My Someone is so cross with our littlest dog. She is the pulliest of all the dogs, and she is pulling him down every sidewalk. When this happens, we learned, we are to stop completely and wait for her to step back. When she steps back, we are to continue walking. In this way, she is to learn that no matter how excited we are, we will get there no faster if we are not together.
This is a tough lesson for all of us.
Sometimes our shoulders ache with the pulling after long walks. She is tireless. Sometimes we wish to not stop and want to let her pull to get where we are going faster. But then, we are not together. And our hands hurt. The leash gets so tight with the pulling and the stopping and the more pulling. By halfway through our walk, my Someone yells, “You are making my hand hurt so much with the leash because of your pulling!”
She looks up at him and waits for him to move again. He unwraps the leash and rewraps it. She sits. He walks. She walks. They are a few steps in, and she is pulling.
“I’m afraid we are broken, now,” I told my Someone last week.
We have been bickering for weeks. I am sorting out dark things. My Someone is sorting out insecurities. We keep missing each other. One steps outside while the other starts talking. One checks their phone and misses the other one looking. One makes a small move to not refill the other’s glass of water when they are getting their own. One asks a question while the other one is finishing their thought. They are smalls tugs, but conscious ones, and ones we have grown lazy to remedy right away.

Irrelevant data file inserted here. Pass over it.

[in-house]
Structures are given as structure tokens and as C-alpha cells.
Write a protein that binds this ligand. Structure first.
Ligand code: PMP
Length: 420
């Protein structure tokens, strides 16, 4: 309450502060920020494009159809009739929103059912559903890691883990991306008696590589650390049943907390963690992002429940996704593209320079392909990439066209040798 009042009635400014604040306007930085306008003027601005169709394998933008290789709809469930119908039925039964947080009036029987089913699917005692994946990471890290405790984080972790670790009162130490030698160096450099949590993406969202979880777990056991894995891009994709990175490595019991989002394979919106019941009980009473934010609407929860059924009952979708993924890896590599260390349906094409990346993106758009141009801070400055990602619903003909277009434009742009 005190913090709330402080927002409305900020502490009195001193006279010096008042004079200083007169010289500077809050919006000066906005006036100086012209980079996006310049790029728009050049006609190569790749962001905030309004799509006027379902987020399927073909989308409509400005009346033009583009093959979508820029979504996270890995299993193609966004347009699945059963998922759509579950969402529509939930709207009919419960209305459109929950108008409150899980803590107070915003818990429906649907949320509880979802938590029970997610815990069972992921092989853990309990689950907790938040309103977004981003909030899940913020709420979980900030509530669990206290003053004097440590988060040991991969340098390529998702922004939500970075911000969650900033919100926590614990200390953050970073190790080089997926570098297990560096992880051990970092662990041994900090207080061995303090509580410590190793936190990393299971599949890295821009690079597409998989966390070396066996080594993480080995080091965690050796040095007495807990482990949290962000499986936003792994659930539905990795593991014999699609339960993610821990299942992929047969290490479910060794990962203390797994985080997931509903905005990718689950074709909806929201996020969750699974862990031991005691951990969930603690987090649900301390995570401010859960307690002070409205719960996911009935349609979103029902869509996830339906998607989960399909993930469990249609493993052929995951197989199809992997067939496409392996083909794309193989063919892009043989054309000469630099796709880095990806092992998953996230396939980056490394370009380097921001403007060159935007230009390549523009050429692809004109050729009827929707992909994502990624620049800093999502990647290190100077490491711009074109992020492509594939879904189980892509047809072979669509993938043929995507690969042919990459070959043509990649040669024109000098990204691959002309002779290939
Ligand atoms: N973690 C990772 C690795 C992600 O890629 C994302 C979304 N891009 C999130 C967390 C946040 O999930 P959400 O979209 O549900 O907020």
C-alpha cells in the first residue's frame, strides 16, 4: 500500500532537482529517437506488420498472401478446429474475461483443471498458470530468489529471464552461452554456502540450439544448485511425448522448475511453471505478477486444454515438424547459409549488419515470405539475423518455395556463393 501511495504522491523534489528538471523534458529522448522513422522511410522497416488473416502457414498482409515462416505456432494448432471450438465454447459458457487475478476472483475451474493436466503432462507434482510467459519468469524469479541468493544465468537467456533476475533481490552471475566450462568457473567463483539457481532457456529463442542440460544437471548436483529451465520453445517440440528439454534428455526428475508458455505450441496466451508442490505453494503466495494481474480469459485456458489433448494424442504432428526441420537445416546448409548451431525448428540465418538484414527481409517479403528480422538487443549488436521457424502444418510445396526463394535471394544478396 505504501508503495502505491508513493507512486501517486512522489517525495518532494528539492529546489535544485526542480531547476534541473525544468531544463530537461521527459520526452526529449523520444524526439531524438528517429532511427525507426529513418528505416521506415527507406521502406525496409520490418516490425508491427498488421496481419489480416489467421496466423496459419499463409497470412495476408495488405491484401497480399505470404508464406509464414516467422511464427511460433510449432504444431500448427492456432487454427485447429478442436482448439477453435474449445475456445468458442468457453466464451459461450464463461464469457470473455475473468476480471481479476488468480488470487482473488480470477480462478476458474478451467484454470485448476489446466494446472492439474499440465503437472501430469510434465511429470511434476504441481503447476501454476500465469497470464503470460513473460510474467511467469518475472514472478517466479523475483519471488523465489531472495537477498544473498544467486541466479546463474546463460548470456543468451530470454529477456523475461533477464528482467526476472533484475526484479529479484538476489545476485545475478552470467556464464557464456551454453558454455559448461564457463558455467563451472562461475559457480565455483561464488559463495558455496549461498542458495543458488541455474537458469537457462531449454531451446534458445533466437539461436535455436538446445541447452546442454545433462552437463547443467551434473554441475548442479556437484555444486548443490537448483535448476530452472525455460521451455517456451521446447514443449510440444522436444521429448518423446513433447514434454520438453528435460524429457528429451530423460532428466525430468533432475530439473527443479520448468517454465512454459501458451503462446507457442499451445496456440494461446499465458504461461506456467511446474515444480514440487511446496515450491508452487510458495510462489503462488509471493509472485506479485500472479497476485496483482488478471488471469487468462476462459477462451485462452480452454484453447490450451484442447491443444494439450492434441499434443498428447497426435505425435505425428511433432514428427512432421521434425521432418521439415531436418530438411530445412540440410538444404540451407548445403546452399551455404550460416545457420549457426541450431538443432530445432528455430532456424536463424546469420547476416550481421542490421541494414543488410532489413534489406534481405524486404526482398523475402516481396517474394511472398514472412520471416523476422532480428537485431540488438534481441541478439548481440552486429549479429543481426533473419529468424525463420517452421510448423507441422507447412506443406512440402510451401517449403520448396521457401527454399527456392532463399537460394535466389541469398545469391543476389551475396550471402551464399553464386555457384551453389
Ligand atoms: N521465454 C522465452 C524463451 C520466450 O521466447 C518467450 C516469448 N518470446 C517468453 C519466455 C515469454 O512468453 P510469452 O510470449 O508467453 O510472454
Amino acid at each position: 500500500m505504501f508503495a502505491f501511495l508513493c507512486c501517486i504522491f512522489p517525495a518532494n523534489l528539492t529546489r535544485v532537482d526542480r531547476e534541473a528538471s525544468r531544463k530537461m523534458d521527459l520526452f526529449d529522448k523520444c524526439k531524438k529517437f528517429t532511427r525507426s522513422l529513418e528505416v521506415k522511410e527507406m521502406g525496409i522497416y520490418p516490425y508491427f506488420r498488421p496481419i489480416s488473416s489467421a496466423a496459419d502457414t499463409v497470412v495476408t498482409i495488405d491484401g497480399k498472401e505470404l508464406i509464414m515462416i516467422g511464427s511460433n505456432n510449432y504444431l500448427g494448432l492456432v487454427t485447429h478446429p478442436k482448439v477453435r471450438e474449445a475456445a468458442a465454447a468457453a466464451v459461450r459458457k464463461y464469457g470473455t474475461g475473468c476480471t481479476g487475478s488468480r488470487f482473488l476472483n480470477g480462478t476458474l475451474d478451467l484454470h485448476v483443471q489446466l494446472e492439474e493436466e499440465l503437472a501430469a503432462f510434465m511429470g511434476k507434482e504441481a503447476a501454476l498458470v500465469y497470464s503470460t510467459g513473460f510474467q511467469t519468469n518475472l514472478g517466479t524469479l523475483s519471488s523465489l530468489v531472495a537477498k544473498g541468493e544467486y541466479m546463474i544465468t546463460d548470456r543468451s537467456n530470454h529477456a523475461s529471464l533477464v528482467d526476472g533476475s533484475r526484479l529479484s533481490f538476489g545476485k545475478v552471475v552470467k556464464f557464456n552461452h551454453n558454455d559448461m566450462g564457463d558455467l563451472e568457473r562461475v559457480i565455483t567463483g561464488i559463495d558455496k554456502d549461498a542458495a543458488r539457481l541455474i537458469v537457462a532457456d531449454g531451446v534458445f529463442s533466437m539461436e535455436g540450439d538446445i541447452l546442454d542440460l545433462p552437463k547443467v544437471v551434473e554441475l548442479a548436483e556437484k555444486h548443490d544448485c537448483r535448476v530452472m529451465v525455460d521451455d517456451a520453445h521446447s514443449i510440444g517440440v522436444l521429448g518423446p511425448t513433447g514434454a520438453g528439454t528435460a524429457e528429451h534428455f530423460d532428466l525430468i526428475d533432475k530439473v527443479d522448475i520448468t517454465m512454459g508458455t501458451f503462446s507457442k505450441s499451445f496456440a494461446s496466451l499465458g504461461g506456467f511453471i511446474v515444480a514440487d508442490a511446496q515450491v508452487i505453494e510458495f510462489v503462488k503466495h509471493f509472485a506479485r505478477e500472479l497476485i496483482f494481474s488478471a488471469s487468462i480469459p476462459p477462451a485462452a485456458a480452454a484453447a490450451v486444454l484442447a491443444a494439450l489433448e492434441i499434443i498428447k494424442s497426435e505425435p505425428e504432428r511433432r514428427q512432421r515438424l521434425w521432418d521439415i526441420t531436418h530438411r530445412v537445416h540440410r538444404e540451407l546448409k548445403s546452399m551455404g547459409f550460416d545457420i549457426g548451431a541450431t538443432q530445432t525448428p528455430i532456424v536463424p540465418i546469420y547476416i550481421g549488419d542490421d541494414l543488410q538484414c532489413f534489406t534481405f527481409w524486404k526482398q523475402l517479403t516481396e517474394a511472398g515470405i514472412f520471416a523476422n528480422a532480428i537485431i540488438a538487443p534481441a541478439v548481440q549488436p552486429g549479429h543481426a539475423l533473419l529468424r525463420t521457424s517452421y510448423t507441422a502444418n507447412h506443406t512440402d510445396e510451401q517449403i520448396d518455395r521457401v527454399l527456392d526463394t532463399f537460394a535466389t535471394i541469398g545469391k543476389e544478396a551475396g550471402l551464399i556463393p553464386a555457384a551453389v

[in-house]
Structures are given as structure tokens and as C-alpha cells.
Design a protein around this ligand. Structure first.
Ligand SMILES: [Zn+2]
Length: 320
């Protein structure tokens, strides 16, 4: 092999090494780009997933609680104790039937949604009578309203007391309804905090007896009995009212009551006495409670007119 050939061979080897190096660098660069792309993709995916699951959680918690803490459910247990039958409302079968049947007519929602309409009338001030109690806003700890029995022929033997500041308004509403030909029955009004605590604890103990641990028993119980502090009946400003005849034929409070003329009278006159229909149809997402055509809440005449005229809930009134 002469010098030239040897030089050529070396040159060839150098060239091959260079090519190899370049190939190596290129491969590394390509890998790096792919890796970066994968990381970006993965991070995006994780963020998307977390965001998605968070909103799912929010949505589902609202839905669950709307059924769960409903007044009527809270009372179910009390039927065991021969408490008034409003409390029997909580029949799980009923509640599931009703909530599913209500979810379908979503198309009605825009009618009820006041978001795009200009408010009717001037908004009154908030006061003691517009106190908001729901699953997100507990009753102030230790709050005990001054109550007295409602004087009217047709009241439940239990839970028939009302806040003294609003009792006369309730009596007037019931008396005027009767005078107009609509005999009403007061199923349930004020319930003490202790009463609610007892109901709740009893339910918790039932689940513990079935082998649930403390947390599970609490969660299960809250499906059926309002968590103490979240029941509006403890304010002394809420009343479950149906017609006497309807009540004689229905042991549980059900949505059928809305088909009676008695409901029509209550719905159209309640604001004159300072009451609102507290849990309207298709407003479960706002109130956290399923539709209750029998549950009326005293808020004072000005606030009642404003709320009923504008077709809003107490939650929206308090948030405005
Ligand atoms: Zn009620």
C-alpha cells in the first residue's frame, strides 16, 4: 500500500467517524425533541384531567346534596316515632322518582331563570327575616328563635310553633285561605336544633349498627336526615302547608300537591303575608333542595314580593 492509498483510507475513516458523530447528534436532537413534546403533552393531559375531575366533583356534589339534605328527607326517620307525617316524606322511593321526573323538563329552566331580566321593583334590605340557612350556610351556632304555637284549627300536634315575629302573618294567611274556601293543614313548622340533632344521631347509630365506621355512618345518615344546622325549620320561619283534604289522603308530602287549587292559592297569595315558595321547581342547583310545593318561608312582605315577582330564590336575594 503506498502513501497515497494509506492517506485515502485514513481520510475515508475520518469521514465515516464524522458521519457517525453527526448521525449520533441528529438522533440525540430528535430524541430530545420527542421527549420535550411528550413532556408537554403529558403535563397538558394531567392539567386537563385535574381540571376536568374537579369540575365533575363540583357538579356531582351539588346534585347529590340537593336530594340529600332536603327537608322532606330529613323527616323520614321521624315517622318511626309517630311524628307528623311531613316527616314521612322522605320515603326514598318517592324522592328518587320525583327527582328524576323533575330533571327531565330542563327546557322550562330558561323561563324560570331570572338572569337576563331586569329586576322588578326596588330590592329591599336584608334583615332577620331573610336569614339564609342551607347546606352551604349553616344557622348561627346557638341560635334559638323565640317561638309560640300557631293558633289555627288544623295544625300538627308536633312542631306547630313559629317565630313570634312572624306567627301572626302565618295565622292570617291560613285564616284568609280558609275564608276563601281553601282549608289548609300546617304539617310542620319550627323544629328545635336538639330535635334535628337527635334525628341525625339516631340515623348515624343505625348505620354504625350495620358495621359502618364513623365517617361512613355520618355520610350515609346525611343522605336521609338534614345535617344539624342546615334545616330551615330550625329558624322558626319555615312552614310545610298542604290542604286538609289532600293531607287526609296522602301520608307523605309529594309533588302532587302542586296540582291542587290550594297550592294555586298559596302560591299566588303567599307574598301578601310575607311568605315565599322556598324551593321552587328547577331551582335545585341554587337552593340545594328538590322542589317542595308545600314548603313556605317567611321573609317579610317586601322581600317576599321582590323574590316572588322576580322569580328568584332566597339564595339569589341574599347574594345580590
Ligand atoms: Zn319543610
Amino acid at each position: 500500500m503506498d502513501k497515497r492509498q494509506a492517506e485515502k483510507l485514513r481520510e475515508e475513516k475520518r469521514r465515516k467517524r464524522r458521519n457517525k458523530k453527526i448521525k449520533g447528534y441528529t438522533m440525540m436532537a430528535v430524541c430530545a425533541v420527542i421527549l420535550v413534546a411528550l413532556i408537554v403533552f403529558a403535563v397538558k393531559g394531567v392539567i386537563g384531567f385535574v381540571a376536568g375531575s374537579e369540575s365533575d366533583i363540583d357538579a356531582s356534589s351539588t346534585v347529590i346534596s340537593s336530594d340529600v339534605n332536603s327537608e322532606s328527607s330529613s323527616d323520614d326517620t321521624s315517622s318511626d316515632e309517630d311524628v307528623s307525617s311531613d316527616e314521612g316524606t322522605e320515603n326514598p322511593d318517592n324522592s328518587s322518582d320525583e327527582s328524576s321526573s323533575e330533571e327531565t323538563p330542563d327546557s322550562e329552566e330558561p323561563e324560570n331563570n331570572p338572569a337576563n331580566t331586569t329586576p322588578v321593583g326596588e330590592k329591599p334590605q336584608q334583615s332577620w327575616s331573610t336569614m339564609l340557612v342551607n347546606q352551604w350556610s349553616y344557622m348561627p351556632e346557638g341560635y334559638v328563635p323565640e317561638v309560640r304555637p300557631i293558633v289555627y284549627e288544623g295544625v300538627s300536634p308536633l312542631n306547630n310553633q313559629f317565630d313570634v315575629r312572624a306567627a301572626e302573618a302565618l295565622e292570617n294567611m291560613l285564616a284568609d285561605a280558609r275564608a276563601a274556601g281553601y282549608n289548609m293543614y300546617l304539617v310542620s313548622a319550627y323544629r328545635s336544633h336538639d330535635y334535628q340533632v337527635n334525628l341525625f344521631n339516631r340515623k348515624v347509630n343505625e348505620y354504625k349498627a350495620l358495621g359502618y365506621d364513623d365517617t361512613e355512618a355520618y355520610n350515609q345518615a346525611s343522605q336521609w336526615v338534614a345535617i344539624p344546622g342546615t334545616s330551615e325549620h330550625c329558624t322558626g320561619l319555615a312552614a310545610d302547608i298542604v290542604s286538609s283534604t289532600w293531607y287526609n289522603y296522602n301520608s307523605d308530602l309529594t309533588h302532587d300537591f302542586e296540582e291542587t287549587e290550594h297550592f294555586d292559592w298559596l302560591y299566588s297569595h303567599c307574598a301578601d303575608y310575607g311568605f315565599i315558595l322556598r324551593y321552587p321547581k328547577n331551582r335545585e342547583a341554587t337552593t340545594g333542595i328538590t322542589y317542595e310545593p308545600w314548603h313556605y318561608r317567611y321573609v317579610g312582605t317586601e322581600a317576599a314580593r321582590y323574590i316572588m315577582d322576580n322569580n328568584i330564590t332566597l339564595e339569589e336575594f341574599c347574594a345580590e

“We would not have jumped to use those bad words before,” I continue. “Now, they are our first words. They are losing their meaning. We are jumping to fight first.”
“I am tired of the fighting,” my Someone says.
I realize my hands are clenched. They are hurting with the pulling.
It is not so much that I believe she will stop the pulling soon. She is a puppy. It’s going to take years. But lately I find that when I am becoming most angry, my jaw grinding and the top of my brain ready to spark, I look at my hand. The leash is so tight. To unravel it and rewrap it would be to unravel it again and rewrap it again at the next block.
I stop. She stops. She looks at me. She steps back. I furrow my brow at her.
We walk further. I get angry. I look down to yell at her. And this: she is not pulling. I have not taken the time to unwrap the tight leash from my hand. I unwrap it. My jaw relaxes. The fuse at the top of my brain becomes confused and putters out.
“Good girl,” I say. She wags her tail. I take a deep breath. It is so important, no matter how much pulling, to unwrap the tightness again and again. If we don’t take the time to unravel the grip on our hands, we may not be ready to feel the small victory of two creatures finally stepping together. Even if for only a block.
We clink glasses. It’s martini hour. My Someone takes a sip. I become agitated.
“What?” my Someone asks.
“We used to cheers to something. Every time. We don’t cheers to anything, anymore,” I say.
He looks up, a little angry. Then, he unravels and rewraps. I wait and take a step back.
“To never cheersing to nothing again,” he says.
I unravel, too.
“To never cheersing to nothing again,” I say.